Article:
The yuan slid more than 4% against the dollar in the offshore currency markets in April, setting it on course for its worst month for more than a decade.
The slump is effectively a reversal of the situation in late 2020, when the US economy was suffering from pandemic-related disruption while China’s economy was coming out of the worst of Covid-19.
A series of Chinese trade surpluses then saw the renminbi reach its strongest levels on record against a basket of trading-partner currencies. Stronger performance from the economy also fed through into more interest in the renminbi, as foreign investors bought up Chinese equities and bonds.
Of course, in more recent months the US economy has recovered from the worst of Covid. Inflationary pressures are now the greater concern and investors are taking the view that the Federal Reserve is likely to hike interest rates for the foreseeable future, making the dollar a more attractive choice than the yuan.
At the same time, the Chinese economy has been slowing, reducing overseas demand for its currency.
In previous periods of slowing growth China’s authorities have sometimes guided the yuan to a weaker position against the dollar in a bid to give exports a boost. But the consensus from commentators is that Beijing hasn’t taken a decision to drive down the yuan in this way over the last few weeks. If anything, the Chinese government wants to slow the pace of the yuan’s decline. Hence the central bank announced last week that it was reducing the reserve ratio requirements for the amounts of foreign currency that banks need to hold – a move designed to alleviate some of the weakening pressure on the yuan.
China’s currency seems to be coming under more pressure from investors, however, who have lost confidence in the Chinese economy and started to sell down yuan-denominated assets.
More of that selling pressure is now coming from foreign investors too, with overseas investment in the Chinese markets rising beyond Rmb8 trillion yuan ($1.2 trillion) at the end of last year, compared with about Rmb1.5 trillion in 2015, according to the central bank.
Also importantly, the People’s Bank of China seems less inclined to restrict capital flows out of China, another break with the past in which it has tried to stem periods of rapid depreciation of the renminbi by blocking investors from moving assets offshore.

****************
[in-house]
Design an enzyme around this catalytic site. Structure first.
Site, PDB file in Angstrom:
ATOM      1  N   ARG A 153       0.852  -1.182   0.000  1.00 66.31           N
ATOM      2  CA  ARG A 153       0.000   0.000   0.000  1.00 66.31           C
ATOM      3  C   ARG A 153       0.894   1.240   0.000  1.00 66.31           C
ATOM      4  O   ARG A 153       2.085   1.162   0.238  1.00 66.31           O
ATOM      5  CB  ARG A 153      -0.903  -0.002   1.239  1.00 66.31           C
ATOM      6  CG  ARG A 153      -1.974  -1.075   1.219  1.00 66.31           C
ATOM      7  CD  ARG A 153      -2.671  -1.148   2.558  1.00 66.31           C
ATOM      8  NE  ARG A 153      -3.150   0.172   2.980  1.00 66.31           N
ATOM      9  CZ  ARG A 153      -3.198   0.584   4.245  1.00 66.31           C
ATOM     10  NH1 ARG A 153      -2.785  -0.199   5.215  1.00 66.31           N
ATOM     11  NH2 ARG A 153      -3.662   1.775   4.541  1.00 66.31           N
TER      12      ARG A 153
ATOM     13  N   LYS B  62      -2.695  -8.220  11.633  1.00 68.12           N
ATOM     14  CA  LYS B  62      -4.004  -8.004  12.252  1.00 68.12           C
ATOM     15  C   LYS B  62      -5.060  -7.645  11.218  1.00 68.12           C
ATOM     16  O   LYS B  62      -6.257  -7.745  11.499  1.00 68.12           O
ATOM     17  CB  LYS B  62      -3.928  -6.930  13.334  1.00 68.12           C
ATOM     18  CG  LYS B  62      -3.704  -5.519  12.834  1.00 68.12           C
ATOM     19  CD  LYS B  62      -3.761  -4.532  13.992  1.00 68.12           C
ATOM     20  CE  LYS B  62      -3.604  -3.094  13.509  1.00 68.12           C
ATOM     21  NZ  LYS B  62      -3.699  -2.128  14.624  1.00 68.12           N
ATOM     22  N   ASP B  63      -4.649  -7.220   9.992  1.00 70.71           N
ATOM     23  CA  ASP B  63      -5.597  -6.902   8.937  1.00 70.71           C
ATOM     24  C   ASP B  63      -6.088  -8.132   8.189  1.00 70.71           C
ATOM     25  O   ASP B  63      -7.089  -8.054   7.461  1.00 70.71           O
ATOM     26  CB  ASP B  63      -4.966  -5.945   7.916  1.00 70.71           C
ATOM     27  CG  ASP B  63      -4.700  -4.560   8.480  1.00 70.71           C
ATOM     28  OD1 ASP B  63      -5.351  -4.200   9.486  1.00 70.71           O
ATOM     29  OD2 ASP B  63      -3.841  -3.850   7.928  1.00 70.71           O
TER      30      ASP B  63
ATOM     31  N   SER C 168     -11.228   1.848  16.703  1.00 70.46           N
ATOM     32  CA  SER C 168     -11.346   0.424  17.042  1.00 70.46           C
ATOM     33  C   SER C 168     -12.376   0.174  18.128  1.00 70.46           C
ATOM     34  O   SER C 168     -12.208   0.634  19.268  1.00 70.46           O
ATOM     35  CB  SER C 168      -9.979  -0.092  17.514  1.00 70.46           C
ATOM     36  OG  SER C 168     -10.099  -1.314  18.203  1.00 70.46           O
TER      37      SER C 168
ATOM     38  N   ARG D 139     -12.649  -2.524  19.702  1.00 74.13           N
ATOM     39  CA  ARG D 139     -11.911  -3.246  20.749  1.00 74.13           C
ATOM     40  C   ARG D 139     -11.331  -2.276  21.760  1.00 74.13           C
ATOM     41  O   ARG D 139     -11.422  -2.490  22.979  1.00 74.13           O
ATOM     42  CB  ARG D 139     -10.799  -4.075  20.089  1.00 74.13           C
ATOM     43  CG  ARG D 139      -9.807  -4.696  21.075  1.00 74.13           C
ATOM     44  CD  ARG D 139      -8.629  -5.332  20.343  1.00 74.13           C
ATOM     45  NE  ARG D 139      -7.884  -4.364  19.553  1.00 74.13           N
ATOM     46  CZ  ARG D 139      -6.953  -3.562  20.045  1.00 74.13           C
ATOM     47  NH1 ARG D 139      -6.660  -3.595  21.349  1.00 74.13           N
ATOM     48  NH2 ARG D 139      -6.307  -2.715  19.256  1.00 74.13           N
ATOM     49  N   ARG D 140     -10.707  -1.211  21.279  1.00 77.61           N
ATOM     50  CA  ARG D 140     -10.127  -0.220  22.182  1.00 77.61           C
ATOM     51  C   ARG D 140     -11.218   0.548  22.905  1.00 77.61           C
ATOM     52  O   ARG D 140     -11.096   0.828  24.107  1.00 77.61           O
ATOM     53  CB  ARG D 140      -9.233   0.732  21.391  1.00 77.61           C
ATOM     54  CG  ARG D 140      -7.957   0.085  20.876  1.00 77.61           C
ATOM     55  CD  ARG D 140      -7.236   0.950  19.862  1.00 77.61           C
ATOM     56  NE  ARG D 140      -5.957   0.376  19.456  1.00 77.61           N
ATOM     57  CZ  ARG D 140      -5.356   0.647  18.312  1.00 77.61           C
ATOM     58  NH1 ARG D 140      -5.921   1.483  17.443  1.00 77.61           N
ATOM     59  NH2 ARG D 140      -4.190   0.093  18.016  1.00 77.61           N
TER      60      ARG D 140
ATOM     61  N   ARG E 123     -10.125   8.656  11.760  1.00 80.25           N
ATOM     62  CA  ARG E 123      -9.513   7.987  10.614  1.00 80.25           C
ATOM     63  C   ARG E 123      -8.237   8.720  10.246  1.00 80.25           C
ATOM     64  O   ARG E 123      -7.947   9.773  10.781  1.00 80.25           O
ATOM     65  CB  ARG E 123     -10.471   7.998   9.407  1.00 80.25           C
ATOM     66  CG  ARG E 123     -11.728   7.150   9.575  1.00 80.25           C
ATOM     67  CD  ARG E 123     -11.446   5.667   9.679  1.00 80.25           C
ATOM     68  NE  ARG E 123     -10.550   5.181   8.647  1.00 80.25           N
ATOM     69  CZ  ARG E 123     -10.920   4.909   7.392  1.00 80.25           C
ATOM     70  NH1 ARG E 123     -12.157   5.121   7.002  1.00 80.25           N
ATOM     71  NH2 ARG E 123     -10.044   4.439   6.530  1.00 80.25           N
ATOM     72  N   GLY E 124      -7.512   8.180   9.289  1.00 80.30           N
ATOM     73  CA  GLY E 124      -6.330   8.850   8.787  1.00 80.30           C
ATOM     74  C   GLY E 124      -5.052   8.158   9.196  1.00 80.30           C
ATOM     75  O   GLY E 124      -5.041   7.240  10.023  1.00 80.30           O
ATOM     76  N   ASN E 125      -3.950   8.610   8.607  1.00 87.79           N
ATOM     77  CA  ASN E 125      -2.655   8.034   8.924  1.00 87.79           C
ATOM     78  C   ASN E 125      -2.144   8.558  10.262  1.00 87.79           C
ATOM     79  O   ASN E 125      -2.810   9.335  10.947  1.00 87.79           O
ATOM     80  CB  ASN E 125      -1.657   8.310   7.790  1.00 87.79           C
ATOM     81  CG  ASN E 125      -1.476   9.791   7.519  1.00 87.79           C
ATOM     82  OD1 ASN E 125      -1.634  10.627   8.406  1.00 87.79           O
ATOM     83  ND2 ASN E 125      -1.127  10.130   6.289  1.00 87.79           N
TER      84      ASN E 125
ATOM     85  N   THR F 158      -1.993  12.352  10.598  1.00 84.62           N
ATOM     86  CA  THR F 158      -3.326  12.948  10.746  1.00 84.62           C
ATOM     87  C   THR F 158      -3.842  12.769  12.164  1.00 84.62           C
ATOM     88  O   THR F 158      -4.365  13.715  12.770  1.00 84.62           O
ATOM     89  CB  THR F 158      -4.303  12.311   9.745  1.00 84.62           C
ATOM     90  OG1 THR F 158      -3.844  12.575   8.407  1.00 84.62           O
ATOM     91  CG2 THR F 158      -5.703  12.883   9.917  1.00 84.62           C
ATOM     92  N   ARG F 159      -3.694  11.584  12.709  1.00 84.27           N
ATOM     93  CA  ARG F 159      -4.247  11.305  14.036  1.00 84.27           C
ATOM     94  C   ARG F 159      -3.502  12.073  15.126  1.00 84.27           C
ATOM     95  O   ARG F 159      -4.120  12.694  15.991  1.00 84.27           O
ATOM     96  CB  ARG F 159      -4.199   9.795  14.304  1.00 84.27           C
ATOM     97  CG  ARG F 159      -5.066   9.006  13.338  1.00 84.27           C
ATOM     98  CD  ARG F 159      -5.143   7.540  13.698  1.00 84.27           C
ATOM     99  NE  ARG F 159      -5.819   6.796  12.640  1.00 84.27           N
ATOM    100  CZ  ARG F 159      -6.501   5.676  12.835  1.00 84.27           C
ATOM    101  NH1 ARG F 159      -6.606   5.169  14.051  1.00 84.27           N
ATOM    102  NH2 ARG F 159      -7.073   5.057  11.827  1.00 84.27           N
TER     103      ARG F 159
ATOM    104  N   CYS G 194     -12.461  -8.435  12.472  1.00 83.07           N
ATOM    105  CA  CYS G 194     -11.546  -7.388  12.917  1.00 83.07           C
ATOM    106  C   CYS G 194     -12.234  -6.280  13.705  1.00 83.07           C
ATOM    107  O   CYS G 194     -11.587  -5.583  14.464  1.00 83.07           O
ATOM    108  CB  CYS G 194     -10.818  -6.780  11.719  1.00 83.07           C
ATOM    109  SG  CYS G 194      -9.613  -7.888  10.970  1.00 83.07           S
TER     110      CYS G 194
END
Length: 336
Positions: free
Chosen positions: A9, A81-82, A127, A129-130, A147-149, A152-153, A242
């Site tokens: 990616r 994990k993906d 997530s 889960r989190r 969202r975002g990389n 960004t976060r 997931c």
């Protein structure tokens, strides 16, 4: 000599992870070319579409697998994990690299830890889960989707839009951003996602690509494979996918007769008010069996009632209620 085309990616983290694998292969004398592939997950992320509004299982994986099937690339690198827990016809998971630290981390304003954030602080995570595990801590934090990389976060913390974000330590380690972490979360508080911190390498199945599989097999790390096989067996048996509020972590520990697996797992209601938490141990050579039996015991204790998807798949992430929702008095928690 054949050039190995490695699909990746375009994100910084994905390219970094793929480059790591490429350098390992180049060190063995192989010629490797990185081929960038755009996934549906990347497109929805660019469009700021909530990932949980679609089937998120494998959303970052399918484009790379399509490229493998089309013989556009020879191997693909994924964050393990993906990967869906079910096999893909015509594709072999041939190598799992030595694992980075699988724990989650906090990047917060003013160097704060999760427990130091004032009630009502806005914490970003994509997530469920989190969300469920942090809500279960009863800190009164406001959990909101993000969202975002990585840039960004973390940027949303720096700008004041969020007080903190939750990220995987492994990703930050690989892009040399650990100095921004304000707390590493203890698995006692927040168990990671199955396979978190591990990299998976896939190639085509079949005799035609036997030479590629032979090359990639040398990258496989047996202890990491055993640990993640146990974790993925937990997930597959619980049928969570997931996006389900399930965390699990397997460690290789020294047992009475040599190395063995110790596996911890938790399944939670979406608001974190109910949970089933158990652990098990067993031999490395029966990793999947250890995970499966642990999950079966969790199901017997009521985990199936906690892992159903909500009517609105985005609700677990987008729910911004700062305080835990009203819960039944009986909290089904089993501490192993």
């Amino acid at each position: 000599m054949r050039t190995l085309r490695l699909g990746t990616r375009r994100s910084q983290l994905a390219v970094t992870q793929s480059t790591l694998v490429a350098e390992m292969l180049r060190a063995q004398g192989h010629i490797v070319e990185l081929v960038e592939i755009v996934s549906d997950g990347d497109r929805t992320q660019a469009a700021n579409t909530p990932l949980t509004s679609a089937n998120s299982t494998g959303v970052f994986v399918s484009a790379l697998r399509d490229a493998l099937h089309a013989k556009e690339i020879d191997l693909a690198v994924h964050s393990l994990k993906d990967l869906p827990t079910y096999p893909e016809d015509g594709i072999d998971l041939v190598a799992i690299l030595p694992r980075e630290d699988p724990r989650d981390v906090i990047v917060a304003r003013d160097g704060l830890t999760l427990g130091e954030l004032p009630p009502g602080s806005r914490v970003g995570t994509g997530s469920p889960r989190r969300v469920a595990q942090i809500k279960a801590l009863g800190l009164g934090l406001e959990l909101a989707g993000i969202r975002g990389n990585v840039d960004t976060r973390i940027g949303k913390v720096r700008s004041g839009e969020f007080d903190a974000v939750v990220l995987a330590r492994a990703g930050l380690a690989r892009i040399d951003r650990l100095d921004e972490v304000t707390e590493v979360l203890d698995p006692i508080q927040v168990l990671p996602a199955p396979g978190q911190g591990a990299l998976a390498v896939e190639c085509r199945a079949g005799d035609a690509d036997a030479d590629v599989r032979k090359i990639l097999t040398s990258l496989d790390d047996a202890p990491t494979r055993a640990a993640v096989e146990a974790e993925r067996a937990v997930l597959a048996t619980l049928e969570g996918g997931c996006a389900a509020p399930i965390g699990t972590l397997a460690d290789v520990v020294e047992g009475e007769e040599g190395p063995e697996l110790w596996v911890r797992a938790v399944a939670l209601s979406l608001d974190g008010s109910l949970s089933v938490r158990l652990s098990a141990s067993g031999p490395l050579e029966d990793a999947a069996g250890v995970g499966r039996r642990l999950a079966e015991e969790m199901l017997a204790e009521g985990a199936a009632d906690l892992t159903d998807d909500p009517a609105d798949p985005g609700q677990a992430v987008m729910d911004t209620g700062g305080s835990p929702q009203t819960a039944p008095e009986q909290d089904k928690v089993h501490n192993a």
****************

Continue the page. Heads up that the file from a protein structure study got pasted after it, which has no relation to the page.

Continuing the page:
“Although the RMB’s decline has been quick, this should not be interpreted as a FX policy stance introduced by design. The reasons are fundamental in nature and not introduced to ‘reflate’ the economy as some suggest,” Paul Mackel, global head of FX research at HSBC, argued in a research piece last week. “If anything, the flexibility in the exchange rate shows how it has become more sensitive to portfolio flows, as we put forward previously when foreign investors were first allocating investments to China’s market.”
Foreigners reducing their bond and equity positions in China accounted for outflows of $23 billion and $28 billion in February and March respectively, he added.
The trend also seems set to continue, following the release of new economic data for April last weekend. Much of it looked ominous, with manufacturing and services activity plunging to its lowest levels since February 2020 (when the first wave of lockdowns were introduced to counter the initial outbreak of the virus in Wuhan).
Only a day earlier the Politburo, led by Xi Jinping, the Chinese president, had promised to deliver on the country’s growth target of “around 5.5%” for the full year. But most economists wonder how that is going to be achieved while the government is also pursuing a ‘dynamic zero-Covid’ policy, with a series of urban lockdowns wreaking wider damage across the economy.
GDP dropped 7.9% in the first quarter in Jilin province, one of the earliest areas to go into a fuller lockdown in March, for instance. But much bigger economies have suffered from similar constraints since then, including Shanghai’s. The fear is that the economic impact of China’s push for ‘zero-Covid’ could turn out to be even worse for much of the second quarter.
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